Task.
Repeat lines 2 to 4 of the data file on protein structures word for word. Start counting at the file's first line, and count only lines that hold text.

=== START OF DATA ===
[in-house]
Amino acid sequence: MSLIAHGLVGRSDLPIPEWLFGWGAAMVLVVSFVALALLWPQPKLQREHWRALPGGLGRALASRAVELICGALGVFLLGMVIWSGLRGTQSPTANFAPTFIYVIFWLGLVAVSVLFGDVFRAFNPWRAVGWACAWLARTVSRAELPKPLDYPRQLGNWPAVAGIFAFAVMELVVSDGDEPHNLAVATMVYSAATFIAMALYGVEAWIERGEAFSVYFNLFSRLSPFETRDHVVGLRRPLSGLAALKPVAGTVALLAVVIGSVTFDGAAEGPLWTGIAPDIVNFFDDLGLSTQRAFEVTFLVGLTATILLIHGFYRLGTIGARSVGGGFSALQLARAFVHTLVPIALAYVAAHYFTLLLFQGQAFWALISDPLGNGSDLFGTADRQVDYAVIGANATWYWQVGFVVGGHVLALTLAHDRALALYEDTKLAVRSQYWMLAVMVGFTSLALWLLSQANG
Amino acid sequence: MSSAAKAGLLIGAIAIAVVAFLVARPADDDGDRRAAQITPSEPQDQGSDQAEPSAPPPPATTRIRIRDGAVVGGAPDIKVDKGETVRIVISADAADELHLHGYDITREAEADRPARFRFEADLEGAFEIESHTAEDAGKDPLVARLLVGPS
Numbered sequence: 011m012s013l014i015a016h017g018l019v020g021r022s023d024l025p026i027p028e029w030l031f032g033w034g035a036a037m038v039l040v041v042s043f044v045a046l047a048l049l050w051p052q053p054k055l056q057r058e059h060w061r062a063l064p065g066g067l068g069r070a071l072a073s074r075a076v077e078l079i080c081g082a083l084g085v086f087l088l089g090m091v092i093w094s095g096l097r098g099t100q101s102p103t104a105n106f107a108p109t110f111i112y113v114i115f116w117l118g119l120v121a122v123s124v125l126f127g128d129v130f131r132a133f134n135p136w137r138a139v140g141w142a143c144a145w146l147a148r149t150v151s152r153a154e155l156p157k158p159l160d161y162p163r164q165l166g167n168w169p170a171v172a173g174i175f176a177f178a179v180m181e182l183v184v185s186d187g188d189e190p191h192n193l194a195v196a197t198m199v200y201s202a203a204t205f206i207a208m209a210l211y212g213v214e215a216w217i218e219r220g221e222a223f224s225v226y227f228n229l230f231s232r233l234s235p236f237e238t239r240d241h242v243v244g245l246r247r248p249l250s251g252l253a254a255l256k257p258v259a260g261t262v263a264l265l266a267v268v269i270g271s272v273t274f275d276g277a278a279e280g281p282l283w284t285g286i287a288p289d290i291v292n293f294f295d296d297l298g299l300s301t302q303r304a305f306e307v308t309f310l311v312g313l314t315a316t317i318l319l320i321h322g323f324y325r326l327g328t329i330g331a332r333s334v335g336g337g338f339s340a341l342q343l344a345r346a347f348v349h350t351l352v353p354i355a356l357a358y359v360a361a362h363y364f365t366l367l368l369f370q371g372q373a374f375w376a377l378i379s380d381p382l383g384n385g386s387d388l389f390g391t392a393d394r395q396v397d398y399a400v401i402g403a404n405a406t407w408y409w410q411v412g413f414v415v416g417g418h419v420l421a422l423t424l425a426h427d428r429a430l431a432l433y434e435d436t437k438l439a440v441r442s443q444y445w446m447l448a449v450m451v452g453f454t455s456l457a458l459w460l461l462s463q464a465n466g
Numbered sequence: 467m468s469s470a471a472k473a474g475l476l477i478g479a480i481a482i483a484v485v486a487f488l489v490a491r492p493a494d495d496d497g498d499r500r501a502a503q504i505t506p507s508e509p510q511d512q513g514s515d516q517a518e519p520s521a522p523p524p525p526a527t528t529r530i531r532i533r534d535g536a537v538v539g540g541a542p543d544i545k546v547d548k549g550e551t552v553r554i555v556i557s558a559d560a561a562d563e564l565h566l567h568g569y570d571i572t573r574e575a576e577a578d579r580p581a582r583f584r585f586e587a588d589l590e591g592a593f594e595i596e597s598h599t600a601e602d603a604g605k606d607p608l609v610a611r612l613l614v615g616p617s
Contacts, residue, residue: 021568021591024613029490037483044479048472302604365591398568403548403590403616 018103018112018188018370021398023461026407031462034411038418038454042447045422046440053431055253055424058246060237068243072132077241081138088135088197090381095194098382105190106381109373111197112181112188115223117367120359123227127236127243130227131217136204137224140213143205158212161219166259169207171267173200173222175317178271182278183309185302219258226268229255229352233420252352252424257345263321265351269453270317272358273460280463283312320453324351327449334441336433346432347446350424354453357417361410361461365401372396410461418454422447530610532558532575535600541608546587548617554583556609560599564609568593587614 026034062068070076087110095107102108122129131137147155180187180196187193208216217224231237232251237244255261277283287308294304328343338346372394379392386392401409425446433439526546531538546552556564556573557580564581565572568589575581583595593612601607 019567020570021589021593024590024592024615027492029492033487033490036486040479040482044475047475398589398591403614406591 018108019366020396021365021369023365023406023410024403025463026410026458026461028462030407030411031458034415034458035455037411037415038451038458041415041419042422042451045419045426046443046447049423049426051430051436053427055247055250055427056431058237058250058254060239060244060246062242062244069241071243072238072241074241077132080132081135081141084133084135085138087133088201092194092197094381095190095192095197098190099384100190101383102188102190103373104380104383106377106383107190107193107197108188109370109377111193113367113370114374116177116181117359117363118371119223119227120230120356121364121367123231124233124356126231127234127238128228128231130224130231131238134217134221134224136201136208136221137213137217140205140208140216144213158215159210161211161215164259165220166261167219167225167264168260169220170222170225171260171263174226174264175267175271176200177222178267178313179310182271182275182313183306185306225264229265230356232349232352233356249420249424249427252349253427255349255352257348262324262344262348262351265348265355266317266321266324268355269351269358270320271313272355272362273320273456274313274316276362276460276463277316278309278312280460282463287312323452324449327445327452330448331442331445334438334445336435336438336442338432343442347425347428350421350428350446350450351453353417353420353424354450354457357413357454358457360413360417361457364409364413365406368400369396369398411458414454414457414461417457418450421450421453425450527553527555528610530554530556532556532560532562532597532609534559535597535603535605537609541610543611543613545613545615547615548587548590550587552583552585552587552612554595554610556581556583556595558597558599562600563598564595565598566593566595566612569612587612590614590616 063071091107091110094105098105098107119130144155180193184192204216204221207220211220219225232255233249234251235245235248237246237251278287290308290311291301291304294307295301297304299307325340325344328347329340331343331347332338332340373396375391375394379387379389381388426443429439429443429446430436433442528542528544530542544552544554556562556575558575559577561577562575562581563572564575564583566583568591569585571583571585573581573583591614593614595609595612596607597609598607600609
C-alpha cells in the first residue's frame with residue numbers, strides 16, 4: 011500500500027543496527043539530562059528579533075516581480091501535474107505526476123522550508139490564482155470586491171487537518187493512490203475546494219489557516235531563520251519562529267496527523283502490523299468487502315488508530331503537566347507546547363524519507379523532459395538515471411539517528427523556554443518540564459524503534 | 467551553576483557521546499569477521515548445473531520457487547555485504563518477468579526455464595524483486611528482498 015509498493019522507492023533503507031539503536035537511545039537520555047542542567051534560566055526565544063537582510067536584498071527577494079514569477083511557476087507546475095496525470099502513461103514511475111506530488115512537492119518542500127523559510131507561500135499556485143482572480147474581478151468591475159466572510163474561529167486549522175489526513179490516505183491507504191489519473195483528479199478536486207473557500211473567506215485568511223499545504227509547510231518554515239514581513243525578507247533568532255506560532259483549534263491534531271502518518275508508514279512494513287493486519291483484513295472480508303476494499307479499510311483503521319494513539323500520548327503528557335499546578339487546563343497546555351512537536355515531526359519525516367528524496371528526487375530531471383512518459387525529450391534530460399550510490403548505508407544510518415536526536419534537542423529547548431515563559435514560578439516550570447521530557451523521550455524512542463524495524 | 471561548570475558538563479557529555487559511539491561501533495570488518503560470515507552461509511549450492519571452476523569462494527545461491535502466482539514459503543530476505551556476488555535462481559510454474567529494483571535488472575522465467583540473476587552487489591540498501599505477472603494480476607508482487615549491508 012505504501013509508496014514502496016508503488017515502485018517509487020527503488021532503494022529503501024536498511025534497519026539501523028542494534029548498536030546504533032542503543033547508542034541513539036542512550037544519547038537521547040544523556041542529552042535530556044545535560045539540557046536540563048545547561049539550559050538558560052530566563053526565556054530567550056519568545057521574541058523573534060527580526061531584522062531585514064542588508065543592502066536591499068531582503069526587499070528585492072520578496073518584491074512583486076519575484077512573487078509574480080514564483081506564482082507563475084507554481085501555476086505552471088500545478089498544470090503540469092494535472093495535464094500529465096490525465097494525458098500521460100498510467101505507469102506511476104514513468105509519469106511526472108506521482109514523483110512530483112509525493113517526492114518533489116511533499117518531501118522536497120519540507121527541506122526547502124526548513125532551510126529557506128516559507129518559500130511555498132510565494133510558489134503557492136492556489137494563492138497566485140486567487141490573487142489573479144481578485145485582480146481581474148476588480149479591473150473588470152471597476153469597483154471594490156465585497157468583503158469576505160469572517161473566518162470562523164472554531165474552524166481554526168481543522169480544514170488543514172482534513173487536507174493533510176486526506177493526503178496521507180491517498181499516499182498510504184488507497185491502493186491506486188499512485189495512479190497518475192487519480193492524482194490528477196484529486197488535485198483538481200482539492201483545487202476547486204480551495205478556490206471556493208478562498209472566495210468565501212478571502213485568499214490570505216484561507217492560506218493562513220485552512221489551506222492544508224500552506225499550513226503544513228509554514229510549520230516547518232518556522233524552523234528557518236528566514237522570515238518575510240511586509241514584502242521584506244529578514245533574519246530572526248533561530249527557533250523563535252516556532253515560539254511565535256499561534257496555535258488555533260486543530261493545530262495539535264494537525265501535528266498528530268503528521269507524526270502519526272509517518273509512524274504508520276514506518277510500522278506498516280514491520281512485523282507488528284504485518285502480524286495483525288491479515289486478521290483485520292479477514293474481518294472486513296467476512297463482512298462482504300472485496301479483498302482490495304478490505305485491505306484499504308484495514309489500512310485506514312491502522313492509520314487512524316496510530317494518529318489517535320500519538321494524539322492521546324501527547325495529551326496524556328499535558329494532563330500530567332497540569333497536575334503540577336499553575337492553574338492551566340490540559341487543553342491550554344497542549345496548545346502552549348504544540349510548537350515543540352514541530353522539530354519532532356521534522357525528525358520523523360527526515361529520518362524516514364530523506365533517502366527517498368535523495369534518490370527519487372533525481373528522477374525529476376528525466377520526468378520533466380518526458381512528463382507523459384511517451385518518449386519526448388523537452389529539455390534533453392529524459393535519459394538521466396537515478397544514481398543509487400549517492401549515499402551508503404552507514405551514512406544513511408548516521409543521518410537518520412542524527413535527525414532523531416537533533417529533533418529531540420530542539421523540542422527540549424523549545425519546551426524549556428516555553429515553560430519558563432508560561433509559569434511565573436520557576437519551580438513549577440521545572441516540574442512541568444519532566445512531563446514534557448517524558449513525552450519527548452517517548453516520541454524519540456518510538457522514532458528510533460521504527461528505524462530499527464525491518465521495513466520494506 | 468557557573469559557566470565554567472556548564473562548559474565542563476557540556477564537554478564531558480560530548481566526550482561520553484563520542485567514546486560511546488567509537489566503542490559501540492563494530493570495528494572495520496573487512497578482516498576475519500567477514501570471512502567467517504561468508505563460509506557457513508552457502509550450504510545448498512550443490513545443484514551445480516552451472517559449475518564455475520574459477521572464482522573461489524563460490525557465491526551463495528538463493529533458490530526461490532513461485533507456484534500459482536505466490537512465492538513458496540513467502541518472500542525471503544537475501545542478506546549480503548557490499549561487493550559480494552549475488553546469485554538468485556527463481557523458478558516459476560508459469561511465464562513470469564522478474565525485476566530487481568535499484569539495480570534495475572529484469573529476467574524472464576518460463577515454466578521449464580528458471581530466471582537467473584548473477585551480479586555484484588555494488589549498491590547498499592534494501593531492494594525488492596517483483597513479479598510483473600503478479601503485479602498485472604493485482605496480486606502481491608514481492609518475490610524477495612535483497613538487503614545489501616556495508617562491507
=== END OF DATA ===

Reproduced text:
Amino acid sequence: MSLIAHGLVGRSDLPIPEWLFGWGAAMVLVVSFVALALLWPQPKLQREHWRALPGGLGRALASRAVELICGALGVFLLGMVIWSGLRGTQSPTANFAPTFIYVIFWLGLVAVSVLFGDVFRAFNPWRAVGWACAWLARTVSRAELPKPLDYPRQLGNWPAVAGIFAFAVMELVVSDGDEPHNLAVATMVYSAATFIAMALYGVEAWIERGEAFSVYFNLFSRLSPFETRDHVVGLRRPLSGLAALKPVAGTVALLAVVIGSVTFDGAAEGPLWTGIAPDIVNFFDDLGLSTQRAFEVTFLVGLTATILLIHGFYRLGTIGARSVGGGFSALQLARAFVHTLVPIALAYVAAHYFTLLLFQGQAFWALISDPLGNGSDLFGTADRQVDYAVIGANATWYWQVGFVVGGHVLALTLAHDRALALYEDTKLAVRSQYWMLAVMVGFTSLALWLLSQANG
Amino acid sequence: MSSAAKAGLLIGAIAIAVVAFLVARPADDDGDRRAAQITPSEPQDQGSDQAEPSAPPPPATTRIRIRDGAVVGGAPDIKVDKGETVRIVISADAADELHLHGYDITREAEADRPARFRFEADLEGAFEIESHTAEDAGKDPLVARLLVGPS
Numbered sequence: 011m012s013l014i015a016h017g018l019v020g021r022s023d024l025p026i027p028e029w030l031f032g033w034g035a036a037m038v039l040v041v042s043f044v045a046l047a048l049l050w051p052q053p054k055l056q057r058e059h060w061r062a063l064p065g066g067l068g069r070a071l072a073s074r075a076v077e078l079i080c081g082a083l084g085v086f087l088l089g090m091v092i093w094s095g096l097r098g099t100q101s102p103t104a105n106f107a108p109t110f111i112y113v114i115f116w117l118g119l120v121a122v123s124v125l126f127g128d129v130f131r132a133f134n135p136w137r138a139v140g141w142a143c144a145w146l147a148r149t150v151s152r153a154e155l156p157k158p159l160d161y162p163r164q165l166g167n168w169p170a171v172a173g174i175f176a177f178a179v180m181e182l183v184v185s186d187g188d189e190p191h192n193l194a195v196a197t198m199v200y201s202a203a204t205f206i207a208m209a210l211y212g213v214e215a216w217i218e219r220g221e222a223f224s225v226y227f228n229l230f231s232r233l234s235p236f237e238t239r240d241h242v243v244g245l246r247r248p249l250s251g252l253a254a255l256k257p258v259a260g261t262v263a264l265l266a267v268v269i270g271s272v273t274f275d276g277a278a279e280g281p282l283w284t285g286i287a288p289d290i291v292n293f294f295d296d297l298g299l300s301t302q303r304a305f306e307v308t309f310l311v312g313l314t315a316t317i318l319l320i321h322g323f324y325r326l327g328t329i330g331a332r333s334v335g336g337g338f339s340a341l342q343l344a345r346a347f348v349h350t351l352v353p354i355a356l357a358y359v360a361a362h363y364f365t366l367l368l369f370q371g372q373a374f375w376a377l378i379s380d381p382l383g384n385g386s387d388l389f390g391t392a393d394r395q396v397d398y399a400v401i402g403a404n405a406t407w408y409w410q411v412g413f414v415v416g417g418h419v420l421a422l423t424l425a426h427d428r429a430l431a432l433y434e435d436t437k438l439a440v441r442s443q444y445w446m447l448a449v450m451v452g453f454t455s456l457a458l459w460l461l462s463q464a465n466g